He had been a fool, a wretch. He had thought he could find immortality. He had thought he could cheat death. He could be the eternal ruler of the universe. But he wouldn’t. He didn’t want that anymore. He just wanted an end to the pain, to the laborious thoughts of existence. He was not a foolhardy child any longer. He knew his place. He knew what needed to happen.
Let me die.
He had not the strength to weep, and barely could he moan out when the pains hit him. He absorbed them in quiet, but they were his roaring hell, a great hideous maw reaching up to tear at him as if he were a prized piece of sweetmeat. Then, a light dawned on him. His eyes recoiled, scampering back into the farthest depths of his ravaged skull to escape the piercing shine. He felt something touching him. He wanted to fight it, to push it away, to kill it, but he could not so much as move a muscle.
Let me die.
He felt himself being pulled out of his cozy bed into the cold of the open air. Liquid flowed off his body and his wounds burned fiercely. He was screaming in his head, but he could not open his mouth. Where was he? Who was he? He didn’t know. He wanted the pain to stop. He wanted to die. But they would not let him. Instead, they pried open his hiding eyes, glaring a monumentally severe light at him. At first, all he saw was white. Then, black spots filled his murky vision, and soon, these faded into sharp reality. Another quiver of pain shot up his body and he let out a hoarse and tortured breath.
“Lord Frieza! Lord Frieza!” someone shouted. He didn’t know who Lord Frieza was.
Another chirped, “Milord, we rescued you from the ruins of Planet Namek. You were gravely injured. We had to treat you immediately…”
The figure went on. He did not care nor hear him anymore. Another flash of pain crippled his body and he felt the shock consume his mind. Fighting back against the pain, he contorted his face into a sneer, pushing all of his remaining energy to his throat. He had to put an end to this. He couldn’t withstand it any longer. An end to this was all he wanted. It was all he could want.
“K-kill.. me…” he sobbed. Then there was silence as cold as space itself. Blinking rapidly, he looked around the room, desperate for some acknowledgement that someone, anyone had heard his plea.
Then a figured entered his sight, and this man was taller than the rest. He wore a long cape and shining armor. This man was his father, he knew. How he knew, he did not know. Flashes of that day entered his mind then. The pouring of the ice wine. The rotting corpses. The look in his eyes. The disappointment. The naivety. Here again, he saw his father, and he had the same look in his eyes.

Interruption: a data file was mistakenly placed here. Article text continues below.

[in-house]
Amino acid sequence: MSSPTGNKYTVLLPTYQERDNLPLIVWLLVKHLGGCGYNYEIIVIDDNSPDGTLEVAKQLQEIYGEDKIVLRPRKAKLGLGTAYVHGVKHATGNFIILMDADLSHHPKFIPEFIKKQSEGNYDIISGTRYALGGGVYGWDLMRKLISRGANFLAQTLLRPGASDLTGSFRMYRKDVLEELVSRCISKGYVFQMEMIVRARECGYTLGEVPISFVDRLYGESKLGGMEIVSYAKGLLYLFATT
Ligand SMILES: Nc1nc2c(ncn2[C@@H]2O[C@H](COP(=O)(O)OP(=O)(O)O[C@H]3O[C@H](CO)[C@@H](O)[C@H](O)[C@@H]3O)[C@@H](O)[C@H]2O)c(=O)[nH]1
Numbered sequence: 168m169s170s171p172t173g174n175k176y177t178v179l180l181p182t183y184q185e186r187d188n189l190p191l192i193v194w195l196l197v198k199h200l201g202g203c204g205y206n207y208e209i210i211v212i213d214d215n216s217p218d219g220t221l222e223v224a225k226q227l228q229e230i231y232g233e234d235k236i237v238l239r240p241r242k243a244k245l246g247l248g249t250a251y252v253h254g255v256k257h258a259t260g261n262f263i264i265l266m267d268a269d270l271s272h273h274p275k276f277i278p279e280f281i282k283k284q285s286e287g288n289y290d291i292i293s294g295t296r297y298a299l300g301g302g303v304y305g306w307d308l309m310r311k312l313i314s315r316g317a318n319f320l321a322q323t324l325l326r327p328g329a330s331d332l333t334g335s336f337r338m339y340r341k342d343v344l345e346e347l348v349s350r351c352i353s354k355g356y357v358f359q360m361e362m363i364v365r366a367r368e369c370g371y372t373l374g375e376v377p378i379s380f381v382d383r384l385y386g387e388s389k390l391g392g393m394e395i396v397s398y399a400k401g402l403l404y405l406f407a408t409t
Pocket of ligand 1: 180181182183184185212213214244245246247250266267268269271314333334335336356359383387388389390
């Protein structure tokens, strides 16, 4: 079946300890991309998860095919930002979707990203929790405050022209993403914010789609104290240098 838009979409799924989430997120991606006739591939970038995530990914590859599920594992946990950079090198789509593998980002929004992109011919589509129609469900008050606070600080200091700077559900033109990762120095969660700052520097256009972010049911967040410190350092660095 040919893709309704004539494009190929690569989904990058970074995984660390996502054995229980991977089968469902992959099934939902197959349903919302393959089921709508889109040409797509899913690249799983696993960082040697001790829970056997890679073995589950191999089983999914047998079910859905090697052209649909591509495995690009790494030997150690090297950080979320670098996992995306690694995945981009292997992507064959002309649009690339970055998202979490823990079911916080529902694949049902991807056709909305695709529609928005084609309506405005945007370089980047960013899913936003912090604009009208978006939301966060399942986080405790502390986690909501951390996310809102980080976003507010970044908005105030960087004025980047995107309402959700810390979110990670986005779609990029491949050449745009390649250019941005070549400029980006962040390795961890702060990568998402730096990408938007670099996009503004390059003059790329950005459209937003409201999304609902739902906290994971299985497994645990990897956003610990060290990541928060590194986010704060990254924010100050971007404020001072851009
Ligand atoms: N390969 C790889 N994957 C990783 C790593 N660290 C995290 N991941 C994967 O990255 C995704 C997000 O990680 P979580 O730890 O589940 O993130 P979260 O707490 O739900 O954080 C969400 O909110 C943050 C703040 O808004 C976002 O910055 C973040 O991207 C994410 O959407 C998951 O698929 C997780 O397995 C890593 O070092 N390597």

“Frieza, it’s okay. You’re safe now, son. That detestable monkey won’t win. He won’t kill you. You’re not dying today. We will save you!”
His lip trembled again. Fear washed over him with the pain, hand-in-hand. All he could see with his waking eyes was the lifeless stares of the thirteen dead emperors. He had been like them once – the noble lord Frieza, the voices assured him – but now he was nothing. He couldn’t even die.
- In the original draft of this one-shot, Frieza was not frightened by the corpses. I thought it would be more interesting if the fledgling tyrant was scared of them, so I changed it.
- The descriptions of the corpses were inspired by a scene from the second novel in A Song of Fire and Ice, where one of the point-of-view characters (Arya Stark) sees a bunch of rotting corpses in hanging cages. The scene was beautifully-written, and I loved how Arya wasn't too phased by the sign of the corpses. So having Frieza be scared of them was great, because it brings up the larger question of mortality in general. Frieza is afraid to die, so naturally he should be afraid of things that make him think about death.
- I have King Cold drink ice wine because of his name pun.
- The number of emperors was slightly random. I thought that since 13 is a generally unlucky number (for superstitious fucks), it could be used here as a bit of misdirection. No, it doesn't mean anything. It's not foreshadowing Frieza's own death (unless you want to see it that way).
- Frieza's fear was fun to explore because Frieza is usually such a guarded, calm, powerful individual. Seeing something rattle him and how he deals with it is pivotal to how his character develops in this story.
- The first scene where Frieza sees the dead emperors and learns about mortality from his father sets up Frieza's obsession with never dying. He lamely proclaims that he will cheat death because he is a foolish boy at that point. But it also is the impetus for him going to Namek in his canon appearances to achieve immortality. More than anything, the first section explains why Frieza wanted that immortality.